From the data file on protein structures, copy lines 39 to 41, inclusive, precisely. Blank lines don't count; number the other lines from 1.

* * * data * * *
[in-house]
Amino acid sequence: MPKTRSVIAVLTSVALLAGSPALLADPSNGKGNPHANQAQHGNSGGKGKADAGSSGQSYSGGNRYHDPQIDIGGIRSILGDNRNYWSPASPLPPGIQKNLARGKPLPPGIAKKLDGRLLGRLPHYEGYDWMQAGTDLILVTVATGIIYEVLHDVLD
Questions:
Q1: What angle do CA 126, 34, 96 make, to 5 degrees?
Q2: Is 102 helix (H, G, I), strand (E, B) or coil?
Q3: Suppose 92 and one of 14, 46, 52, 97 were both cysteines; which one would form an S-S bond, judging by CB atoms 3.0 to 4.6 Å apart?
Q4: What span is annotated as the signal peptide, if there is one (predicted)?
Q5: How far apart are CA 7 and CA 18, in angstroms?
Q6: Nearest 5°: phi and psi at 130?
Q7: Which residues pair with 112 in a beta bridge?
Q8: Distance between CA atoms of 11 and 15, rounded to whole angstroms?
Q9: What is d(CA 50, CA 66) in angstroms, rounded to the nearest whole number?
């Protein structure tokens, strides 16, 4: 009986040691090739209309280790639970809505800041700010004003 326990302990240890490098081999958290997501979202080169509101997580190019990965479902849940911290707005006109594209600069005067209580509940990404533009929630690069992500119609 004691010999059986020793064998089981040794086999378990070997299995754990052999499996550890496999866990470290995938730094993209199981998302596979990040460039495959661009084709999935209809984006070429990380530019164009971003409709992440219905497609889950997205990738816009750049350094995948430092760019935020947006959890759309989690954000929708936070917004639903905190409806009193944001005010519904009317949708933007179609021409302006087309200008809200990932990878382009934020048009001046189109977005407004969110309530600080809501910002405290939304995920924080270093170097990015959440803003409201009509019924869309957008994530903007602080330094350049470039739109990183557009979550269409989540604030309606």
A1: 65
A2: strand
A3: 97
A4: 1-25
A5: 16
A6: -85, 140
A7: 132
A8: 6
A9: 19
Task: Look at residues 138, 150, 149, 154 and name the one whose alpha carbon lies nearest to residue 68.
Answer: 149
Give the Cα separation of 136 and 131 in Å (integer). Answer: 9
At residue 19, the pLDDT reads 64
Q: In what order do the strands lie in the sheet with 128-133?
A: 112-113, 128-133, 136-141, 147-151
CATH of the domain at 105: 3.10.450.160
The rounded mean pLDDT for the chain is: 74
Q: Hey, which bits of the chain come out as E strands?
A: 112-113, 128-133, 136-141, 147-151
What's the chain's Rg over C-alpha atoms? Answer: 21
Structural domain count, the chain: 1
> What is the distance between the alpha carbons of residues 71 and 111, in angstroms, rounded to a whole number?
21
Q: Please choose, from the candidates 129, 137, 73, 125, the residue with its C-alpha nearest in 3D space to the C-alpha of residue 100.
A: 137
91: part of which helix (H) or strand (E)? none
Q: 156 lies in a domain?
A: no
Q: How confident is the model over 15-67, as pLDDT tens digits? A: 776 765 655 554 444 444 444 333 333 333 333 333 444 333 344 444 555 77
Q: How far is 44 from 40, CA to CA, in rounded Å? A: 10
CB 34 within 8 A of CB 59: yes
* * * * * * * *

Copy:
91: part of which helix (H) or strand (E)? none
Q: 156 lies in a domain?
A: no